Deed in Lieu
As a homeowner, once you have made the decision that you either cannot
afford the real estate or that you no longer want to keep the property
and keep servicing the debt, you have a few options.
- Short Sale
- Deed in Lieu
One, you can do nothing. In such case, sooner than later, the mortgage
company will file a foreclosure action against you. Two, you can immediately
consider filing either a
Chapter 7 Liquidation or a
Chapter 13 Reorganization to eliminate or greatly reduce the debt associated with
the home you are surrendering. Three, you can consider a
Short Sale if you have someone willing to put in an offer on your property. Or four,
you can try to negotiate a
Deed in Lieu of foreclosure.
Basically, Deed in Lieu is similar to a voluntary repossession. You are
signing over the deed or "title" to your property and the lender
agrees to cancel the mortgage. In other words, the typical deed in lieu
of foreclosure is a consensual transaction – you have complied with
a long list of requirements placed upon you by the lender, they have evaluated
your facts and circumstances and, after great deliberation, a long time
and a little bit of luck, they agree to take back the real estate instead
of suing you! Typically the lender draws up the Deed in Lieu of Foreclosure
Agreement which must be signed by the grantor / homeowner, witnessed by
two people and notarized. Upon execution, the deed in lieu must then be
delivered to the grantee / lender. The deed is also typically recorded
at the local clerk of court in the public records.
The process, however, isn't as always as clean-cut as it may appear.
For instance, the lender typically reserves the right to seek a
deficiency judgment against you, the borrower / homeowner. Once the lender takes possession,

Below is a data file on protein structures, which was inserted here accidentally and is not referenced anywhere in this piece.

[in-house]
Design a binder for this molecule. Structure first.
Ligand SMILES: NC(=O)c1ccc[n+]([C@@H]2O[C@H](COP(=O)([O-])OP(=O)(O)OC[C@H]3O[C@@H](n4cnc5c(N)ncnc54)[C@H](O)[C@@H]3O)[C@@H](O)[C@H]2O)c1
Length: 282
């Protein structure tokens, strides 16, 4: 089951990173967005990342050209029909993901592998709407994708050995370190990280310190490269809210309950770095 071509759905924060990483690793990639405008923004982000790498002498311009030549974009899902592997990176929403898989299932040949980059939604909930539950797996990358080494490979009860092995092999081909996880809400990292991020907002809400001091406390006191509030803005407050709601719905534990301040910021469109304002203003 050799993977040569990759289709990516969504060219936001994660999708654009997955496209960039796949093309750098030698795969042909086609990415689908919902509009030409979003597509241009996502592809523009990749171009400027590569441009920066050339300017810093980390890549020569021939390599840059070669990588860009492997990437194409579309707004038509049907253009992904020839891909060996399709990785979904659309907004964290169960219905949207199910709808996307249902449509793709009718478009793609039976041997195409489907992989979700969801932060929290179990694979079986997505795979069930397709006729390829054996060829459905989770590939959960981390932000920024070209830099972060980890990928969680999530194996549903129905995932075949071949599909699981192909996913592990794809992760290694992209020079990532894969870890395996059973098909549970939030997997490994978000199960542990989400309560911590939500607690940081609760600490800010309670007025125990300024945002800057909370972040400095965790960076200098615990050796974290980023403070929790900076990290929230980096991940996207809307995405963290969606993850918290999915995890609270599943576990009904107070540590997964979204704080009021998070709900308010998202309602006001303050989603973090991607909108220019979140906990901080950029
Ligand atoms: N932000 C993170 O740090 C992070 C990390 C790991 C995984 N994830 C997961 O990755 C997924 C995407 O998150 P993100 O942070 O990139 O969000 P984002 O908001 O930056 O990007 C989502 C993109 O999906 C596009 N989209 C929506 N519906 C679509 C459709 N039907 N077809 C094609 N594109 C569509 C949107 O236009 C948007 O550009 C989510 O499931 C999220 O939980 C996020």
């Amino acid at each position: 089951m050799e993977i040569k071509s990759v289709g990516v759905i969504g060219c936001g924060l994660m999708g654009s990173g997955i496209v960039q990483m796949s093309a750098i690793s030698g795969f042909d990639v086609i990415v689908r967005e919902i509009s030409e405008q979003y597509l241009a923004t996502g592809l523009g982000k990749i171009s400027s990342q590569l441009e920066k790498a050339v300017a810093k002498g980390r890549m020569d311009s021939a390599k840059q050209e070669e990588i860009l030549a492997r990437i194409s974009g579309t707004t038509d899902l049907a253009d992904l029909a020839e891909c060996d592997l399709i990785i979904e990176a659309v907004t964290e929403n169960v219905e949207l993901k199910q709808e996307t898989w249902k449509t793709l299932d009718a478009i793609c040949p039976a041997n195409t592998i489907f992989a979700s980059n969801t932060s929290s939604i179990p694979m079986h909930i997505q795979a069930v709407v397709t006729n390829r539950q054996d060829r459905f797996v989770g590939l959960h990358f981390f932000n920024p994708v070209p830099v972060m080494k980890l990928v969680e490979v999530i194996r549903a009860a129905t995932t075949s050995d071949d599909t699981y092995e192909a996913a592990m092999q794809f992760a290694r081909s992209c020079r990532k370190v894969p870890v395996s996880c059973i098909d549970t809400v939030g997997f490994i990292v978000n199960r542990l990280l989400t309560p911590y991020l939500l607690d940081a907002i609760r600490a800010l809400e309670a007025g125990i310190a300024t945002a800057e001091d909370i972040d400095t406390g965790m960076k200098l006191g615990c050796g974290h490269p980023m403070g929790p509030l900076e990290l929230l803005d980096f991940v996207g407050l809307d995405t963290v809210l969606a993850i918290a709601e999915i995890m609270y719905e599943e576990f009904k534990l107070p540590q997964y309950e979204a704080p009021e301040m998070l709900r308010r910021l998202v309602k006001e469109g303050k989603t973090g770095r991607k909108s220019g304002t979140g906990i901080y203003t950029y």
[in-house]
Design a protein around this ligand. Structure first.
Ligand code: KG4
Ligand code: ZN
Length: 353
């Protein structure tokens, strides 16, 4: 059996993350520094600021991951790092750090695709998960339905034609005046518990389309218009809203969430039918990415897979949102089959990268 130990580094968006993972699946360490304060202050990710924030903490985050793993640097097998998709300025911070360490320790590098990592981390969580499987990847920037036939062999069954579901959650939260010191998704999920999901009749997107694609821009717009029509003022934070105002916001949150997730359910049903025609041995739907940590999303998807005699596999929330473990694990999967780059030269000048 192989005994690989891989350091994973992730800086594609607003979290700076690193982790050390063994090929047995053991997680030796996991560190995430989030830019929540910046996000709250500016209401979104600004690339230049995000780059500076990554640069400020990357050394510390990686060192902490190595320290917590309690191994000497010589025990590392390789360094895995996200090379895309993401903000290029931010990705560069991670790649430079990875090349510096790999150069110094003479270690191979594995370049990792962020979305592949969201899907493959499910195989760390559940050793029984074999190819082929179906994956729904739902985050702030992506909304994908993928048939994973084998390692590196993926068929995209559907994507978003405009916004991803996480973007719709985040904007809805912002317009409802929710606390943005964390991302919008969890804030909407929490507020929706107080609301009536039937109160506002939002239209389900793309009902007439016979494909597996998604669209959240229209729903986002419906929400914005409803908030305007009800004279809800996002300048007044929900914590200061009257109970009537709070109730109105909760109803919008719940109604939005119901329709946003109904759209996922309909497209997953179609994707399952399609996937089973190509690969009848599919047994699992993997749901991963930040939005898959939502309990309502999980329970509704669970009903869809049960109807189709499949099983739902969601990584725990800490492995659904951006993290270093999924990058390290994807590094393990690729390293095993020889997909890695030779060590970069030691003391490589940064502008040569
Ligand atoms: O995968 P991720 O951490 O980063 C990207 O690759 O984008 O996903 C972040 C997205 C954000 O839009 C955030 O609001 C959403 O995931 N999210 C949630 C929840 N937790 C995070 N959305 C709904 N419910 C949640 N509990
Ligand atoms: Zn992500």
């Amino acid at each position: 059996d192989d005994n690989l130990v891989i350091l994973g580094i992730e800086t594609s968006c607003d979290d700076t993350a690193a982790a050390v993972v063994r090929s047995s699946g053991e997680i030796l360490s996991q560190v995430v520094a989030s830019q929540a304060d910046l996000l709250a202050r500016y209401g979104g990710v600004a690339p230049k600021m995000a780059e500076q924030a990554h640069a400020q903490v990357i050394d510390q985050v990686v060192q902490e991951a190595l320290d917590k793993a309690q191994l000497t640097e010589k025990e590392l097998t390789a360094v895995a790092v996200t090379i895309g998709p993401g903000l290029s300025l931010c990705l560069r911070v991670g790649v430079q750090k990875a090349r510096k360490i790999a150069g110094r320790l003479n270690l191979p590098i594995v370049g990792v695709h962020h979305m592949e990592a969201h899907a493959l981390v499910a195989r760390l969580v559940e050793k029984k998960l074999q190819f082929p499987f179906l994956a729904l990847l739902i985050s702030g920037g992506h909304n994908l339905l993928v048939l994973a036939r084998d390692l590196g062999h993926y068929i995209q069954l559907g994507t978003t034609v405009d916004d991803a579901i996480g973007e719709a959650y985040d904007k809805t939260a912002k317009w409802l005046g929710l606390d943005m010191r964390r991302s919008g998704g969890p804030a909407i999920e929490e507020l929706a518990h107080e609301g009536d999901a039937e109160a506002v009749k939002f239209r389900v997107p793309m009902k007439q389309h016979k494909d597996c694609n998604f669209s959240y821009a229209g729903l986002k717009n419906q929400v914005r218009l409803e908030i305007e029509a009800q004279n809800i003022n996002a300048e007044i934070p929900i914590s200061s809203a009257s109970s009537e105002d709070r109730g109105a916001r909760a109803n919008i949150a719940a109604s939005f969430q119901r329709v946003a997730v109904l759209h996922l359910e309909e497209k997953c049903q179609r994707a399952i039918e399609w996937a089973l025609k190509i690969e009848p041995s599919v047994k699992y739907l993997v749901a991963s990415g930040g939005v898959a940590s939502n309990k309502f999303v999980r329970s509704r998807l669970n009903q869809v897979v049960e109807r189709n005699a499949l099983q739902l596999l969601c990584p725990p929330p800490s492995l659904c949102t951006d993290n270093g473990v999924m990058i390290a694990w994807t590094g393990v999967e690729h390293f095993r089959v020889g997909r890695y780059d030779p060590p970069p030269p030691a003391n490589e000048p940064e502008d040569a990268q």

the property (i.e., REO) will be put up for sale. Unless otherwise stipulated
in the Deed in Lieu of Foreclosure agreement, the lender may come after
you for the unpaid debt.
Generally speaking, there are certain guidelines that must be followed
before the lender will consider the Deed in Lieu. It should be noted prior
to engaging in a consensual deed in lieu that they are not "easy"
and as a general rule, fail more times than they succeed. They are:
- The borrower must have suffered a hardship such as loss of job, sickness,
dissolution of marriage, etc;
- The property is generally an individual's former homestead; the Deed
in Lieu of Foreclosure is generally not for abandoned properties or investment
- The borrower must have exhausted other options / financial resources;
- The property must have been on the market between 90 and 180 days;
- There cannot be any other liens on the property;
The property must be left in clean condition and sometimes the lender requires
an inventory & a statement of condition;
Income Tax Consequences
There are income tax consequences to consider with the Deed in Lieu of
Foreclosure. The IRS often gets involved with Deed in Lieu, because the
deficiency that results from the ultimate sale is typically forgiven.
In such case, this forgiveness is seen as a relief of debt and may be
treated as income. Please consult with your with your accountant or tax
advisor for specific details.
NOTE: On December 20, 2007, President Bush signed the
Mortgage Forgiveness Debt Relief Act of 2007, which will help Americans avoid foreclosure by protecting families from
higher taxes typically assessed from the forgiveness of indebtedness.
This Act will create a three-year window for homeowners to refinance their
mortgage and pay no taxes on any debt forgiveness that they receive. Under
current law, if the value of your house declines, and your bank or lender
forgives a portion of your mortgage, the tax code treats the amount forgiven
as income that can be taxed.
BENEFIT: This Act will increase the incentive for borrowers and lenders
to work together to refinance loans and allow American families to secure
lower mortgage payments without facing higher taxes.